Canadian Same-Sex Quandary

By Tyree, Benjamin P. | The Washington Times (Washington, DC), May 24, 1999 | Go to article overview

Canadian Same-Sex Quandary


Tyree, Benjamin P., The Washington Times (Washington, DC)


Thursday's decision by the Canadian Supreme Court declaring unconstitutional the laws of the Province of Ontario against same-sex spouses raises interesting legal questions for the United States.

If Canada - a nation with which we enjoy a particularly close relationship and long, porous border -restructures its laws to permit same-sex marriage, what will be the status of these unions in the eyes of American authorities?

In other words, if same-sex couples considered wed under Canadian law enter the United States to work or travel, will they be entitled to recognition of their legal arrangement? If one of them seeks to immigrate, will his gay spouse be entitled to the same consideration as a heterosexual spouse of another would-be immigrant? Is it certain the laws of the United States against such a preference will remain legally unassailable?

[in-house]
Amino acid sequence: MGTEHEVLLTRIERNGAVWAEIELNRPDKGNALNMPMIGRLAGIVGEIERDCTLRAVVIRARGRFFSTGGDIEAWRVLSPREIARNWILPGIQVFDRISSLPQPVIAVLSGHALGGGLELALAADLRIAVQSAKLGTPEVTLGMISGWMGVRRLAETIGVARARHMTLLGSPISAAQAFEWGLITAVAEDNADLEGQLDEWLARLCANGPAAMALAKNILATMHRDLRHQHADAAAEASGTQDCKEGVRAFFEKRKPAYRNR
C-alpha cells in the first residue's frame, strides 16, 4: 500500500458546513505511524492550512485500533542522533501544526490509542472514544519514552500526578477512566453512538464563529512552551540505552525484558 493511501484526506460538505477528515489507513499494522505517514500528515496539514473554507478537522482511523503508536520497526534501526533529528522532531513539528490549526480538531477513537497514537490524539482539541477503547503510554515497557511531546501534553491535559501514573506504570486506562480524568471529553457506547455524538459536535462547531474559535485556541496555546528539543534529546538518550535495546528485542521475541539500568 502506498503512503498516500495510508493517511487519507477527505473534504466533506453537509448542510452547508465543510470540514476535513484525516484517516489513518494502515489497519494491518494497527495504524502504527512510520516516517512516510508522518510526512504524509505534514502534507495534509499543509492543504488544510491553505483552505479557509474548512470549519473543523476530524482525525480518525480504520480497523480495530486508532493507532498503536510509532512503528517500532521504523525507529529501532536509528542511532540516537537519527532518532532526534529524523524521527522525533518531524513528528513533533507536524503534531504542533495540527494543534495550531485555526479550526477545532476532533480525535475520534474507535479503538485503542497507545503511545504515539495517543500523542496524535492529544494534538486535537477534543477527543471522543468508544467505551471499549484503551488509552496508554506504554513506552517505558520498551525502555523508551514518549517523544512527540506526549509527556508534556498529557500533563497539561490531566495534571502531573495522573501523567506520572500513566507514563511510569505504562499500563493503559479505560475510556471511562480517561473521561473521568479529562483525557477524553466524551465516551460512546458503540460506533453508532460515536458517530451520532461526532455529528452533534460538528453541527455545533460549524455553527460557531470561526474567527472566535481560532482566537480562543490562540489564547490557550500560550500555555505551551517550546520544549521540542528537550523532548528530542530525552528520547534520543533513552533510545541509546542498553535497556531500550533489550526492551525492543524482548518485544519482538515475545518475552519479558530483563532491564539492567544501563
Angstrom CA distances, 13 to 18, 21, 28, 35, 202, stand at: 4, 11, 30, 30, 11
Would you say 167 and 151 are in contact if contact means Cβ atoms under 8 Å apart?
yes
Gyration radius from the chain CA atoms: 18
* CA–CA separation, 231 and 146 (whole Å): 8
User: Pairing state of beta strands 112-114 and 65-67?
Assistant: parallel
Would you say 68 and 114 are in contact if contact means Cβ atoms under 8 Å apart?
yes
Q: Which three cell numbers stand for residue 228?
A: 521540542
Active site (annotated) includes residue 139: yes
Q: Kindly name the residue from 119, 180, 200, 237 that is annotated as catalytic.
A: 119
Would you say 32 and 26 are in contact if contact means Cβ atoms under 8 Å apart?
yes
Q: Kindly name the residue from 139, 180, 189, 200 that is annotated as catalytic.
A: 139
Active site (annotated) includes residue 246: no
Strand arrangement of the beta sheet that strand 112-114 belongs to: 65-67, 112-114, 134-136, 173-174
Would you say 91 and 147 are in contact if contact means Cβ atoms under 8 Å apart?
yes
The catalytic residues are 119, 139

For that matter, if international travel, entertainment or accommodations are offered at a discount to married couples, would gay couples be equally entitled?

Normally, the marriages, divorces and contracts of a sovereign nation, unless specifically illegal under U.S. law, are recognized as legally binding, under the principal of comity. Hence the legality of the "quickie" Mexican divorce, though it may have occurred without the waiting periods usual under the laws of American states. However, polygamous marriages face a quandary in moving across borders. And there can be no enforceable contract of enslavement under the U.S. Constitution.

The wording of treaties and other legally binding international agreements can be crucial. Treaties with foreign entities and governments under the U.S. Constitution are the law of the land. And the Clinton administration has displayed a taste for treaties as a means of modifying U.S. legal fields, as in environmental protection. Close scrutiny of the fine print of international agreements may be in order for concerned observers of the Canadian move.

If Canadian same-sex marriages achieve some recognition under U.S. law, will the change in the Canadian marriage rules result in a Trojan-horse phenomenon for this issue in the United States? Or put differently, is the bullet dodged in Hawaii now proceeding at full-speed for its target?

The whole issue of same-sex conjugal relations is of course fraught with many questions revolving around not only property rights, but adoption rights, conferral of employment benefits upon a spouse, the right to speak for a partner no longer competent to exercise his or her own legal authority, and so forth. …

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